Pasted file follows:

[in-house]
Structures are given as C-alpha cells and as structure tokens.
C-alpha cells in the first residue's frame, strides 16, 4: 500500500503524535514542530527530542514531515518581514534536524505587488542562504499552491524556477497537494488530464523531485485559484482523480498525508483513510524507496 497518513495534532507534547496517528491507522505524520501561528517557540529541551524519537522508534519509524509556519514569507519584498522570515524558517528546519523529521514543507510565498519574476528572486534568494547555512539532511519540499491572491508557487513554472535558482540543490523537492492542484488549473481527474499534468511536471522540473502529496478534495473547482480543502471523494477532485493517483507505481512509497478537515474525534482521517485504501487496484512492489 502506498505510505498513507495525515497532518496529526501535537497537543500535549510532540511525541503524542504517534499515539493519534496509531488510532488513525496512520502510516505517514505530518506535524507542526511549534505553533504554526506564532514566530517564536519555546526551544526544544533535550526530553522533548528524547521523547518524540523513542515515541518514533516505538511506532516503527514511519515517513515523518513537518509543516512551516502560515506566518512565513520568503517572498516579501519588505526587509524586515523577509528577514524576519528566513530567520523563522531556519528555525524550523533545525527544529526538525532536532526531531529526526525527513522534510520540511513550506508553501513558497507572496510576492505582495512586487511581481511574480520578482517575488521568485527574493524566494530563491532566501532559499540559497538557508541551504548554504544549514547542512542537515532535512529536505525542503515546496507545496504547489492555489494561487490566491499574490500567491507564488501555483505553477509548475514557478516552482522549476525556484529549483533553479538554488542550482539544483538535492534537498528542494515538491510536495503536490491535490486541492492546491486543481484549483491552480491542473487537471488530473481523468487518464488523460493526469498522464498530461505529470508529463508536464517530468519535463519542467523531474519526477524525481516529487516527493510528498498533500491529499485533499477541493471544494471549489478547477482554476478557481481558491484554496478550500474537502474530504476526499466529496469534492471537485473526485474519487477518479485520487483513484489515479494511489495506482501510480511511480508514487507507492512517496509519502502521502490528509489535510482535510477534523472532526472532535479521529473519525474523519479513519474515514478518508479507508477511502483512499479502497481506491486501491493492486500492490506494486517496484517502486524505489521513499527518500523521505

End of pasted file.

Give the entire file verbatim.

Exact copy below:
[in-house]
Structures are given as C-alpha cells and as structure tokens.
C-alpha cells in the first residue's frame, strides 16, 4: 500500500503524535514542530527530542514531515518581514534536524505587488542562504499552491524556477497537494488530464523531485485559484482523480498525508483513510524507496 497518513495534532507534547496517528491507522505524520501561528517557540529541551524519537522508534519509524509556519514569507519584498522570515524558517528546519523529521514543507510565498519574476528572486534568494547555512539532511519540499491572491508557487513554472535558482540543490523537492492542484488549473481527474499534468511536471522540473502529496478534495473547482480543502471523494477532485493517483507505481512509497478537515474525534482521517485504501487496484512492489 502506498505510505498513507495525515497532518496529526501535537497537543500535549510532540511525541503524542504517534499515539493519534496509531488510532488513525496512520502510516505517514505530518506535524507542526511549534505553533504554526506564532514566530517564536519555546526551544526544544533535550526530553522533548528524547521523547518524540523513542515515541518514533516505538511506532516503527514511519515517513515523518513537518509543516512551516502560515506566518512565513520568503517572498516579501519588505526587509524586515523577509528577514524576519528566513530567520523563522531556519528555525524550523533545525527544529526538525532536532526531531529526526525527513522534510520540511513550506508553501513558497507572496510576492505582495512586487511581481511574480520578482517575488521568485527574493524566494530563491532566501532559499540559497538557508541551504548554504544549514547542512542537515532535512529536505525542503515546496507545496504547489492555489494561487490566491499574490500567491507564488501555483505553477509548475514557478516552482522549476525556484529549483533553479538554488542550482539544483538535492534537498528542494515538491510536495503536490491535490486541492492546491486543481484549483491552480491542473487537471488530473481523468487518464488523460493526469498522464498530461505529470508529463508536464517530468519535463519542467523531474519526477524525481516529487516527493510528498498533500491529499485533499477541493471544494471549489478547477482554476478557481481558491484554496478550500474537502474530504476526499466529496469534492471537485473526485474519487477518479485520487483513484489515479494511489495506482501510480511511480508514487507507492512517496509519502502521502490528509489535510482535510477534523472532526472532535479521529473519525474523519479513519474515514478518508479507508477511502483512499479502497481506491486501491493492486500492490506494486517496484517502486524505489521513499527518500523521505